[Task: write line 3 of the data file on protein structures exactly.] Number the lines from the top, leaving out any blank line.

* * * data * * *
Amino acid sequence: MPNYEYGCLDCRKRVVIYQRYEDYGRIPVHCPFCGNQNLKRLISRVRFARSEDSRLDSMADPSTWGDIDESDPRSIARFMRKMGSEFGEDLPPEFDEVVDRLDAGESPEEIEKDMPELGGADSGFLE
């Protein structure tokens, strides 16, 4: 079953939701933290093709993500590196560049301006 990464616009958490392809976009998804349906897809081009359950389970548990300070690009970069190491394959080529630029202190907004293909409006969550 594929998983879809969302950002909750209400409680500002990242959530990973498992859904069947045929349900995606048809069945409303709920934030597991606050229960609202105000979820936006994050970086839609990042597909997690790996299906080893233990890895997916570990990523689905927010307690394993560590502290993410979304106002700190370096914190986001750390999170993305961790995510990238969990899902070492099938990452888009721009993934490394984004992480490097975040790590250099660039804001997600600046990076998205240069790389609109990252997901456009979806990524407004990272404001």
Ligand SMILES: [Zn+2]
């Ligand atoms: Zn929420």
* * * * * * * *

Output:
Ligand SMILES: [Zn+2]